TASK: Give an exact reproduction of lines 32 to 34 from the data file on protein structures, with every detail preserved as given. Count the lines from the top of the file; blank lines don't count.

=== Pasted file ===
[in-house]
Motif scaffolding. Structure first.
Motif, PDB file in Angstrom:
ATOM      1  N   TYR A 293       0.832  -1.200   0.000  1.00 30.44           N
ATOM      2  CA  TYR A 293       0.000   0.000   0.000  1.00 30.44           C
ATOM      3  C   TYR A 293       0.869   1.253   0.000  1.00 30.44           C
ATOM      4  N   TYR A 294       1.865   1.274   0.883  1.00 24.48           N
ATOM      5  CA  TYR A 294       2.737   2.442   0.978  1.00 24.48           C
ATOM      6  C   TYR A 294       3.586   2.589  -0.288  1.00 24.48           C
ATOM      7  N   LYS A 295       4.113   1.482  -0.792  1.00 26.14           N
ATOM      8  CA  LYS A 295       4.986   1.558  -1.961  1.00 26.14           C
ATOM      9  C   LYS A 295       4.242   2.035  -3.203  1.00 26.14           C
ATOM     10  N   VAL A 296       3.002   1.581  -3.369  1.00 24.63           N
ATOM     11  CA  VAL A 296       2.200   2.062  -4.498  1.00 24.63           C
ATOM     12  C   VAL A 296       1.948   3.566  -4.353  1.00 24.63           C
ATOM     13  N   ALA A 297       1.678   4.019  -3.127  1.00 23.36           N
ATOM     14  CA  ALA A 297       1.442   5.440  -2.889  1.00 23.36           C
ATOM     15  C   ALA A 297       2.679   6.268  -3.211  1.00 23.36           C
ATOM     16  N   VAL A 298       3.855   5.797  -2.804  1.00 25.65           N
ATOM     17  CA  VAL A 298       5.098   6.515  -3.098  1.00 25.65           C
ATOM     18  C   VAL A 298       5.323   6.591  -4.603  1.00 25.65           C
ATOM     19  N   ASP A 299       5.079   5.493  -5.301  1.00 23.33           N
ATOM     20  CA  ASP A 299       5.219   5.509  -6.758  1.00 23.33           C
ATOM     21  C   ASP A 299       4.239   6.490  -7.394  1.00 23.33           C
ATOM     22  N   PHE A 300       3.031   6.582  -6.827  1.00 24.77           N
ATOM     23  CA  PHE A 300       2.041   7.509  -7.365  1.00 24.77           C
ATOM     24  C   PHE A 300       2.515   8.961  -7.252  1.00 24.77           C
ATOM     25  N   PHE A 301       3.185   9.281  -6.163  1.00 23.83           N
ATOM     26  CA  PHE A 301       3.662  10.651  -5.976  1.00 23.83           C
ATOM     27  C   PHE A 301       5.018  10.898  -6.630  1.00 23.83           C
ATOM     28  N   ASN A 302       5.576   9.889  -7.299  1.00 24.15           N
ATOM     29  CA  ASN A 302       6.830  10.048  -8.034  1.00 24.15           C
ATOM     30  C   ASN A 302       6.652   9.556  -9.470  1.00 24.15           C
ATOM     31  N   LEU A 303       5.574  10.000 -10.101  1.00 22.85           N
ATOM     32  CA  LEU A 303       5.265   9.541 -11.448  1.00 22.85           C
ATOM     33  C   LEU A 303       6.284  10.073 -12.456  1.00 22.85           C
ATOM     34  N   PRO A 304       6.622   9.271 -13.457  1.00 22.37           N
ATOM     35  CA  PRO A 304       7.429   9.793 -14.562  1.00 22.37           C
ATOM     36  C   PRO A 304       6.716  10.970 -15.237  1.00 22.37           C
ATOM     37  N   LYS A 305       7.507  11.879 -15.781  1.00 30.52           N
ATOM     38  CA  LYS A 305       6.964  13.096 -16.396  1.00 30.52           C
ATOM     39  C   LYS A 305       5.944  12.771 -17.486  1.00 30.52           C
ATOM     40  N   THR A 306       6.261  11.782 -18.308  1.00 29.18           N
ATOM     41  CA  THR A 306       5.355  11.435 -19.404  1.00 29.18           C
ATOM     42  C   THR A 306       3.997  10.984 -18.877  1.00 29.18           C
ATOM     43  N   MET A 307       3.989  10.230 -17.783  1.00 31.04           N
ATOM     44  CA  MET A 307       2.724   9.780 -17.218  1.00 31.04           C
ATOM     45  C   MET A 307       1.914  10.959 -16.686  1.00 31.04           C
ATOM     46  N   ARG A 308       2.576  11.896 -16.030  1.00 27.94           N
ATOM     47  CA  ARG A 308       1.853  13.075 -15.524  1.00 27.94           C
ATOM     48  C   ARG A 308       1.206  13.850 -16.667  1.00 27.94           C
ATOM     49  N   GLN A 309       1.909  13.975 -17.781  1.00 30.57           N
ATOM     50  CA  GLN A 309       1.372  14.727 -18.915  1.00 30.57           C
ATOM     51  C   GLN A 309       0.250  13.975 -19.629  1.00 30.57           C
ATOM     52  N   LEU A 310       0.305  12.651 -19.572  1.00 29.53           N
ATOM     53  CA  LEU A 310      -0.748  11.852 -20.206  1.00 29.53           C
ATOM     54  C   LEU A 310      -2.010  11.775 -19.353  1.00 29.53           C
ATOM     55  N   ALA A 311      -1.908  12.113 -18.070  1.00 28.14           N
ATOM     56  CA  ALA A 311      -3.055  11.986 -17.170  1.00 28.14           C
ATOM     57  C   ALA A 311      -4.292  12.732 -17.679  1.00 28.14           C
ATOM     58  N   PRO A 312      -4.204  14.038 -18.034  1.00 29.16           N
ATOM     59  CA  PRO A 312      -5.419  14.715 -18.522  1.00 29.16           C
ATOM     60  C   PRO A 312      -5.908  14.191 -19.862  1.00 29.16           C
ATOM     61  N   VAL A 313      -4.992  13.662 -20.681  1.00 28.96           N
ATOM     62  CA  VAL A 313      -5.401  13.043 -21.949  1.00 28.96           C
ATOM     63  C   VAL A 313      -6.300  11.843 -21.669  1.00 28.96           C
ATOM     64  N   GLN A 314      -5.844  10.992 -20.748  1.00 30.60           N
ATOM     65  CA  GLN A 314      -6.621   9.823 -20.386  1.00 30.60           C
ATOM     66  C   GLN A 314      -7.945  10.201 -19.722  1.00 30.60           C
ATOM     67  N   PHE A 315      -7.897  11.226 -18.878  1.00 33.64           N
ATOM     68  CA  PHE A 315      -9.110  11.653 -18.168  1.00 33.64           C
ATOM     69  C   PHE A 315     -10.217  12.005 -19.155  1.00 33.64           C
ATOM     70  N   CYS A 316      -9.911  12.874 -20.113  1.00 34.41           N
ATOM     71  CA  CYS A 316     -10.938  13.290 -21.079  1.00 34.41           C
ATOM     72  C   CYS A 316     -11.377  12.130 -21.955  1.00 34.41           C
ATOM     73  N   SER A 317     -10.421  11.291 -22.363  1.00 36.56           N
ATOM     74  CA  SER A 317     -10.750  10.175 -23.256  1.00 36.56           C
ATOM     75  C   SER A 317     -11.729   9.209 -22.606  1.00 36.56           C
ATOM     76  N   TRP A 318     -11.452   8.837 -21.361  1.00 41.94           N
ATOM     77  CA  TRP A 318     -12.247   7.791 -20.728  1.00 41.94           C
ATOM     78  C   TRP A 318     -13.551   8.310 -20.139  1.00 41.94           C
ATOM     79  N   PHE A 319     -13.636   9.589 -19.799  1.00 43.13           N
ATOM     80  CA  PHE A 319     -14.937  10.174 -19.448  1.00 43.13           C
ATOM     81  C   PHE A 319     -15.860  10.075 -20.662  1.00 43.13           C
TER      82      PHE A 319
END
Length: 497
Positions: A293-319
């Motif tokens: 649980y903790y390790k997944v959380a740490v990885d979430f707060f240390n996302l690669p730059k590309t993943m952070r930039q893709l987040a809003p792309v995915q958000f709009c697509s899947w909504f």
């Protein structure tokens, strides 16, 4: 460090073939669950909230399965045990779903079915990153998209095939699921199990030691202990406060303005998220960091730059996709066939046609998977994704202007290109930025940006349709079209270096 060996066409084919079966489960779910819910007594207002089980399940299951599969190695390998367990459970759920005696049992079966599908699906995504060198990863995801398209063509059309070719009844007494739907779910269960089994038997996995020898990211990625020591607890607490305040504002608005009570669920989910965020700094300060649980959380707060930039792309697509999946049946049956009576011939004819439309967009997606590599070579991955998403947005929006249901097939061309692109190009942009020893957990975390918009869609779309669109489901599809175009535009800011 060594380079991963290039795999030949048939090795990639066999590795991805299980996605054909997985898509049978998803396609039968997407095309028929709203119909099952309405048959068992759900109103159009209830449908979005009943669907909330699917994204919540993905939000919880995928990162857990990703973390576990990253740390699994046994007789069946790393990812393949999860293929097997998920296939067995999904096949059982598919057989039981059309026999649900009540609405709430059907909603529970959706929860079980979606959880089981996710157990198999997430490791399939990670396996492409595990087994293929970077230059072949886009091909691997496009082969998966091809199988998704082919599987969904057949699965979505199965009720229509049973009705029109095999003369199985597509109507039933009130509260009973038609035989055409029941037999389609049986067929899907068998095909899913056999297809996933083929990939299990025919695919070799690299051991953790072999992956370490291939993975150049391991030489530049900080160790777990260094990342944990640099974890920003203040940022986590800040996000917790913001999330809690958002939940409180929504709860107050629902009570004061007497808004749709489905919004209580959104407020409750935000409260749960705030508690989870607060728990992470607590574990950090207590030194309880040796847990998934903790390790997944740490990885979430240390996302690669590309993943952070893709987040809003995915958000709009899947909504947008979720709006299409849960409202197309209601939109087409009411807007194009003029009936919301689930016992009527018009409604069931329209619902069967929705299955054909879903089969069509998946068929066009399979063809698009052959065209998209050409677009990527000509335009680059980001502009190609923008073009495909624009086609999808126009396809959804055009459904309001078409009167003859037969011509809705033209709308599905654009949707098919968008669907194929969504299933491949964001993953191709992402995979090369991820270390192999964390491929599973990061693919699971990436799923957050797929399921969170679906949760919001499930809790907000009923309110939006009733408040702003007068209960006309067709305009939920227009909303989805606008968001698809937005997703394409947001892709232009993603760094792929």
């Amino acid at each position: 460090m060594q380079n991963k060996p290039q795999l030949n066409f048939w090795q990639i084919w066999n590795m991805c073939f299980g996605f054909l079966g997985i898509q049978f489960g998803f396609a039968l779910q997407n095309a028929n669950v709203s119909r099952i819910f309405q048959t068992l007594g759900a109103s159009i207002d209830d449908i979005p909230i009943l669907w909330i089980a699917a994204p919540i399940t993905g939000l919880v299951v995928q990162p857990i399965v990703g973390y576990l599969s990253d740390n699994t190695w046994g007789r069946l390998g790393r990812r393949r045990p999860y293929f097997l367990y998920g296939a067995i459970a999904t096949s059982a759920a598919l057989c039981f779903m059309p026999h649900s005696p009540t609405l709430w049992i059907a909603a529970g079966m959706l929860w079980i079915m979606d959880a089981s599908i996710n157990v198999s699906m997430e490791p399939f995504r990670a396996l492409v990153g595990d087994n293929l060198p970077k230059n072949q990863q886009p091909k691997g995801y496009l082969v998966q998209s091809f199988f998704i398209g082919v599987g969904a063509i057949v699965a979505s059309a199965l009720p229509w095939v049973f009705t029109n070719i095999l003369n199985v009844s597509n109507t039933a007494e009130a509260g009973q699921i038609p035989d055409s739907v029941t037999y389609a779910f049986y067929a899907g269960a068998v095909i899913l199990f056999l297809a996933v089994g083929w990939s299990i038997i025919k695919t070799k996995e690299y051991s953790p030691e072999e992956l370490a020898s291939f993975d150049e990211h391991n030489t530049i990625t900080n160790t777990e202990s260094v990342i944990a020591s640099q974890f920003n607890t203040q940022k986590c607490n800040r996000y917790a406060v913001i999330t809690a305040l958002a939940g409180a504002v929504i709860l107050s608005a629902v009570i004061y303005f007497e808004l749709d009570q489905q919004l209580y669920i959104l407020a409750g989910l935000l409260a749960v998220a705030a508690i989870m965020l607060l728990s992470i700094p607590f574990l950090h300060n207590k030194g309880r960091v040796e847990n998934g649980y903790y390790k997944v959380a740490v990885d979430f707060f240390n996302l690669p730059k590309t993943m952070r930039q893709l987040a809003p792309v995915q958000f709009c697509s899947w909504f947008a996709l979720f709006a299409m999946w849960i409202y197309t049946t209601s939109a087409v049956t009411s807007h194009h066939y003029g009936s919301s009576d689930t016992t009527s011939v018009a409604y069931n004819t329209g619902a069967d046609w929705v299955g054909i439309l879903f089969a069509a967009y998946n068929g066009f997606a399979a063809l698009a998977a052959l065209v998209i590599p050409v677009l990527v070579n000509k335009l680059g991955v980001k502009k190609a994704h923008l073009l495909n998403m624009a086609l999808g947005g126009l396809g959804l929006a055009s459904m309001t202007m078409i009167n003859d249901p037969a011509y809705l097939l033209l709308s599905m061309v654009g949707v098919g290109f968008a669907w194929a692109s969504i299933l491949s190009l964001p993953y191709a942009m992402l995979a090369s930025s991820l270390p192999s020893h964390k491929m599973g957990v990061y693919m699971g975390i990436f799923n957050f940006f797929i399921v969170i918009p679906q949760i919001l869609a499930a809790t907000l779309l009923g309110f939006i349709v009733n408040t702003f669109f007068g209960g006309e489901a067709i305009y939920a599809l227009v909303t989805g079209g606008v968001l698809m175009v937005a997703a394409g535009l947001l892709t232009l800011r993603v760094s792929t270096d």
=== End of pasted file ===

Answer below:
ATOM     29  CA  ASN A 302       6.830  10.048  -8.034  1.00 24.15           C
ATOM     30  C   ASN A 302       6.652   9.556  -9.470  1.00 24.15           C
ATOM     31  N   LEU A 303       5.574  10.000 -10.101  1.00 22.85           N